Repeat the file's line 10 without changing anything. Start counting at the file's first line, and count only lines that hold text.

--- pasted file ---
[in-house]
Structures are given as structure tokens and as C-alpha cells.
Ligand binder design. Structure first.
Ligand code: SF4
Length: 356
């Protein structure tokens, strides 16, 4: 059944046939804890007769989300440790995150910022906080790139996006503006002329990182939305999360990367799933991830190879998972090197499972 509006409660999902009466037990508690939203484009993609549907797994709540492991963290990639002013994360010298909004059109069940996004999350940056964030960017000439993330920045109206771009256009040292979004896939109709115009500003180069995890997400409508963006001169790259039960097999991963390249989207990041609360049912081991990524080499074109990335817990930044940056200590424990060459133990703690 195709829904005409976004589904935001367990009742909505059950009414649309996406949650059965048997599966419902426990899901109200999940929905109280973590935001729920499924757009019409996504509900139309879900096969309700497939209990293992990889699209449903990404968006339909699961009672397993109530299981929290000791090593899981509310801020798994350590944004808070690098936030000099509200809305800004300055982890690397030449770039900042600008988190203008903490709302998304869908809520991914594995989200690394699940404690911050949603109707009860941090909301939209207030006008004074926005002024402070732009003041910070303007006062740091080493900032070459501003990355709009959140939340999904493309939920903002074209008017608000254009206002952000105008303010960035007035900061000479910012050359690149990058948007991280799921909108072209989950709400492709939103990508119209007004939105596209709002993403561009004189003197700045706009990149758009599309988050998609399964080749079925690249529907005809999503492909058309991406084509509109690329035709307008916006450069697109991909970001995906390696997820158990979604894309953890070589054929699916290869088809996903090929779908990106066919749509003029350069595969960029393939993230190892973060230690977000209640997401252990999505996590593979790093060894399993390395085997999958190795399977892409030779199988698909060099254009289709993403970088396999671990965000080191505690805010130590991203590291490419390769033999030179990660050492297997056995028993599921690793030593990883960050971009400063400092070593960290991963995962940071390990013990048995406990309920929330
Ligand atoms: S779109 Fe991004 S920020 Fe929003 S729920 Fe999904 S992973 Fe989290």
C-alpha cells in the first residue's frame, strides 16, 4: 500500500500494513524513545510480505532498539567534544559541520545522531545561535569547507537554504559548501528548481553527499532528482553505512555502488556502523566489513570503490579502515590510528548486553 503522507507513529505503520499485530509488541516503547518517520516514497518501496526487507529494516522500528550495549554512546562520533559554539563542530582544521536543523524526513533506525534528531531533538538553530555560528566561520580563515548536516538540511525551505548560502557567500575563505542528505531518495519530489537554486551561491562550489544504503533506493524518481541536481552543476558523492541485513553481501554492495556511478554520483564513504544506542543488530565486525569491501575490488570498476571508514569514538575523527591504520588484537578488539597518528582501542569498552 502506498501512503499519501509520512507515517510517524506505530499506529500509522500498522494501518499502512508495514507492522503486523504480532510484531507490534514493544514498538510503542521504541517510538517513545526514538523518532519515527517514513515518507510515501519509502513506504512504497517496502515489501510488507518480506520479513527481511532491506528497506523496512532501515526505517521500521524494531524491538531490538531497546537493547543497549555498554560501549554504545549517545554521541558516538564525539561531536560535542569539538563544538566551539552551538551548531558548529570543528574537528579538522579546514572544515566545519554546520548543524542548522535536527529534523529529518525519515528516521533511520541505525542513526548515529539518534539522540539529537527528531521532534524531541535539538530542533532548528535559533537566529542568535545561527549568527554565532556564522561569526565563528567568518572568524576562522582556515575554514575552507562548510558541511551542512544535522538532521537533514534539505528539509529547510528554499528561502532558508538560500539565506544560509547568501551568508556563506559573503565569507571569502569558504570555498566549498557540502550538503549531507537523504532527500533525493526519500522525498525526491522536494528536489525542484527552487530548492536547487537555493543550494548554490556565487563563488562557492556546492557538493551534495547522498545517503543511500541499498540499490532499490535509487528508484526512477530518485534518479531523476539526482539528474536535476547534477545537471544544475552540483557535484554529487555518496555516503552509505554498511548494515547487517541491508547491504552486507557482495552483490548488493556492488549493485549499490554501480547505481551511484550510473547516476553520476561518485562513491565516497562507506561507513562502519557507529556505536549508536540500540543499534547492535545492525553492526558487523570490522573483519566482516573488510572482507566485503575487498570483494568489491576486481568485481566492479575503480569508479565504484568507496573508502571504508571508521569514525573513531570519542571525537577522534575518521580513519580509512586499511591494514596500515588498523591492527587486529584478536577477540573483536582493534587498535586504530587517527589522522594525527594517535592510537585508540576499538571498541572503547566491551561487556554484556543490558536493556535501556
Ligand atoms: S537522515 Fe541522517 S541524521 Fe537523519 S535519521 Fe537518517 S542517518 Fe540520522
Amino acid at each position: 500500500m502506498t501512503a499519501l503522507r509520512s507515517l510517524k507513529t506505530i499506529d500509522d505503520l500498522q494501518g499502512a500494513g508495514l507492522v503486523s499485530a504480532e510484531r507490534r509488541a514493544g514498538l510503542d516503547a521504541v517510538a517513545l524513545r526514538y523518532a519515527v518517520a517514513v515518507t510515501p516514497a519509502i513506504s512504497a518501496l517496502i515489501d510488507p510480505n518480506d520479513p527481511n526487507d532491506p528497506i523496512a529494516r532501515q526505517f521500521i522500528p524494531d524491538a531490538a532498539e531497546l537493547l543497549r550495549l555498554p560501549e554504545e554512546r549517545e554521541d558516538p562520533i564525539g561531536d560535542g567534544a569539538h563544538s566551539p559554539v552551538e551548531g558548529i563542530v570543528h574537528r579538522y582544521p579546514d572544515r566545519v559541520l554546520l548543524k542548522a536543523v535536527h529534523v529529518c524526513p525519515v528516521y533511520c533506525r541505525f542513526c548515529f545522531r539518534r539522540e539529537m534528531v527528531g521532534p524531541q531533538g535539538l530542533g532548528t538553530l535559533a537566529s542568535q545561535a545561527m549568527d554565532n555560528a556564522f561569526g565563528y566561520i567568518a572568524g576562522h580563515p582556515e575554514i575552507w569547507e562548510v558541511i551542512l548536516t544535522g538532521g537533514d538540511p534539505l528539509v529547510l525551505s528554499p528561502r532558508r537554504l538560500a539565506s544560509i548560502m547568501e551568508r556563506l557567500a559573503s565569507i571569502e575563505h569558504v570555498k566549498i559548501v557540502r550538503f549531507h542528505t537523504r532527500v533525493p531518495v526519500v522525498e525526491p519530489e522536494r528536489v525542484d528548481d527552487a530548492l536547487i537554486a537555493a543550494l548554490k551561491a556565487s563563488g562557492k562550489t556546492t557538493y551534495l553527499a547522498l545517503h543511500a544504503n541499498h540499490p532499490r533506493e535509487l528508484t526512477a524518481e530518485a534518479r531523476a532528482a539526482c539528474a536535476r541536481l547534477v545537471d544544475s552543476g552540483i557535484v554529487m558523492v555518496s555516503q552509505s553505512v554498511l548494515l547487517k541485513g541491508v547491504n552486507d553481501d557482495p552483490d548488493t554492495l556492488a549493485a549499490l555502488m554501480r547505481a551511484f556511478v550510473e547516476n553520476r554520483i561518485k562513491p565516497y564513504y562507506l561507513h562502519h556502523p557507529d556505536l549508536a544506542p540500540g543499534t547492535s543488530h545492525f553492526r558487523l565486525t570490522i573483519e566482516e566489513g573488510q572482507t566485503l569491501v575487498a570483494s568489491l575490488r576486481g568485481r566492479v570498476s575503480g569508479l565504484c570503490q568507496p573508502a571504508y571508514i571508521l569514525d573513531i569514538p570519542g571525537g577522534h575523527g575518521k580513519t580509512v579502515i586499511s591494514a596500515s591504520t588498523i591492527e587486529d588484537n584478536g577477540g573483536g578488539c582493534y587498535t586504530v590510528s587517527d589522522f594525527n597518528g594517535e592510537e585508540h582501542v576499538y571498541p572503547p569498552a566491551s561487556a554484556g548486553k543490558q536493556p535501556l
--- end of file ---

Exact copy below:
Amino acid at each position: 500500500m502506498t501512503a499519501l503522507r509520512s507515517l510517524k507513529t506505530i499506529d500509522d505503520l500498522q494501518g499502512a500494513g508495514l507492522v503486523s499485530a504480532e510484531r507490534r509488541a514493544g514498538l510503542d516503547a521504541v517510538a517513545l524513545r526514538y523518532a519515527v518517520a517514513v515518507t510515501p516514497a519509502i513506504s512504497a518501496l517496502i515489501d510488507p510480505n518480506d520479513p527481511n526487507d532491506p528497506i523496512a529494516r532501515q526505517f521500521i522500528p524494531d524491538a531490538a532498539e531497546l537493547l543497549r550495549l555498554p560501549e554504545e554512546r549517545e554521541d558516538p562520533i564525539g561531536d560535542g567534544a569539538h563544538s566551539p559554539v552551538e551548531g558548529i563542530v570543528h574537528r579538522y582544521p579546514d572544515r566545519v559541520l554546520l548543524k542548522a536543523v535536527h529534523v529529518c524526513p525519515v528516521y533511520c533506525r541505525f542513526c548515529f545522531r539518534r539522540e539529537m534528531v527528531g521532534p524531541q531533538g535539538l530542533g532548528t538553530l535559533a537566529s542568535q545561535a545561527m549568527d554565532n555560528a556564522f561569526g565563528y566561520i567568518a572568524g576562522h580563515p582556515e575554514i575552507w569547507e562548510v558541511i551542512l548536516t544535522g538532521g537533514d538540511p534539505l528539509v529547510l525551505s528554499p528561502r532558508r537554504l538560500a539565506s544560509i548560502m547568501e551568508r556563506l557567500a559573503s565569507i571569502e575563505h569558504v570555498k566549498i559548501v557540502r550538503f549531507h542528505t537523504r532527500v533525493p531518495v526519500v522525498e525526491p519530489e522536494r528536489v525542484d528548481d527552487a530548492l536547487i537554486a537555493a543550494l548554490k551561491a556565487s563563488g562557492k562550489t556546492t557538493y551534495l553527499a547522498l545517503h543511500a544504503n541499498h540499490p532499490r533506493e535509487l528508484t526512477a524518481e530518485a534518479r531523476a532528482a539526482c539528474a536535476r541536481l547534477v545537471d544544475s552543476g552540483i557535484v554529487m558523492v555518496s555516503q552509505s553505512v554498511l548494515l547487517k541485513g541491508v547491504n552486507d553481501d557482495p552483490d548488493t554492495l556492488a549493485a549499490l555502488m554501480r547505481a551511484f556511478v550510473e547516476n553520476r554520483i561518485k562513491p565516497y564513504y562507506l561507513h562502519h556502523p557507529d556505536l549508536a544506542p540500540g543499534t547492535s543488530h545492525f553492526r558487523l565486525t570490522i573483519e566482516e566489513g573488510q572482507t566485503l569491501v575487498a570483494s568489491l575490488r576486481g568485481r566492479v570498476s575503480g569508479l565504484c570503490q568507496p573508502a571504508y571508514i571508521l569514525d573513531i569514538p570519542g571525537g577522534h575523527g575518521k580513519t580509512v579502515i586499511s591494514a596500515s591504520t588498523i591492527e587486529d588484537n584478536g577477540g573483536g578488539c582493534y587498535t586504530v590510528s587517527d589522522f594525527n597518528g594517535e592510537e585508540h582501542v576499538y571498541p572503547p569498552a566491551s561487556a554484556g548486553k543490558q536493556p535501556l